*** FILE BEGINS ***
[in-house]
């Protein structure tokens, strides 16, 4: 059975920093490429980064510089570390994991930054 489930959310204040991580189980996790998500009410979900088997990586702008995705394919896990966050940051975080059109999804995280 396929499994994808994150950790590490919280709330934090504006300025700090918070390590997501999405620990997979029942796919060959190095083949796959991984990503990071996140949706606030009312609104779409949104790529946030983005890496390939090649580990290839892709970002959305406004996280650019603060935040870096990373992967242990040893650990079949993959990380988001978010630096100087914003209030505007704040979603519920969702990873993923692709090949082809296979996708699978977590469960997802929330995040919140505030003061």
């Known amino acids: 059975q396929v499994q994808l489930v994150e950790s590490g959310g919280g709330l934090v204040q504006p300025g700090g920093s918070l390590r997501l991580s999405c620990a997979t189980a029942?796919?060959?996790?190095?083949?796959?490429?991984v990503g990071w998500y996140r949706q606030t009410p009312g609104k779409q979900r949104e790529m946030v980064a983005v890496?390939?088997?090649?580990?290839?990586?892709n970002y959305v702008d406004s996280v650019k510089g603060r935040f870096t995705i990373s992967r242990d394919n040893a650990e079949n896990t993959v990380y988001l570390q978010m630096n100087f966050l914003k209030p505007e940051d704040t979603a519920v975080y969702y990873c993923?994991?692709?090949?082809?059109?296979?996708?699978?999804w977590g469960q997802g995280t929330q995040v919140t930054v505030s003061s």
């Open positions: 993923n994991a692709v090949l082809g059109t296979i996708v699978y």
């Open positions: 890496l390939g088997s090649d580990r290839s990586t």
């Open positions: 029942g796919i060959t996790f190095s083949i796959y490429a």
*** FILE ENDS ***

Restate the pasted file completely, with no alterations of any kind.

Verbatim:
[in-house]
């Protein structure tokens, strides 16, 4: 059975920093490429980064510089570390994991930054 489930959310204040991580189980996790998500009410979900088997990586702008995705394919896990966050940051975080059109999804995280 396929499994994808994150950790590490919280709330934090504006300025700090918070390590997501999405620990997979029942796919060959190095083949796959991984990503990071996140949706606030009312609104779409949104790529946030983005890496390939090649580990290839892709970002959305406004996280650019603060935040870096990373992967242990040893650990079949993959990380988001978010630096100087914003209030505007704040979603519920969702990873993923692709090949082809296979996708699978977590469960997802929330995040919140505030003061």
């Known amino acids: 059975q396929v499994q994808l489930v994150e950790s590490g959310g919280g709330l934090v204040q504006p300025g700090g920093s918070l390590r997501l991580s999405c620990a997979t189980a029942?796919?060959?996790?190095?083949?796959?490429?991984v990503g990071w998500y996140r949706q606030t009410p009312g609104k779409q979900r949104e790529m946030v980064a983005v890496?390939?088997?090649?580990?290839?990586?892709n970002y959305v702008d406004s996280v650019k510089g603060r935040f870096t995705i990373s992967r242990d394919n040893a650990e079949n896990t993959v990380y988001l570390q978010m630096n100087f966050l914003k209030p505007e940051d704040t979603a519920v975080y969702y990873c993923?994991?692709?090949?082809?059109?296979?996708?699978?999804w977590g469960q997802g995280t929330q995040v919140t930054v505030s003061s």
């Open positions: 993923n994991a692709v090949l082809g059109t296979i996708v699978y």
């Open positions: 890496l390939g088997s090649d580990r290839s990586t």
């Open positions: 029942g796919i060959t996790f190095s083949i796959y490429a």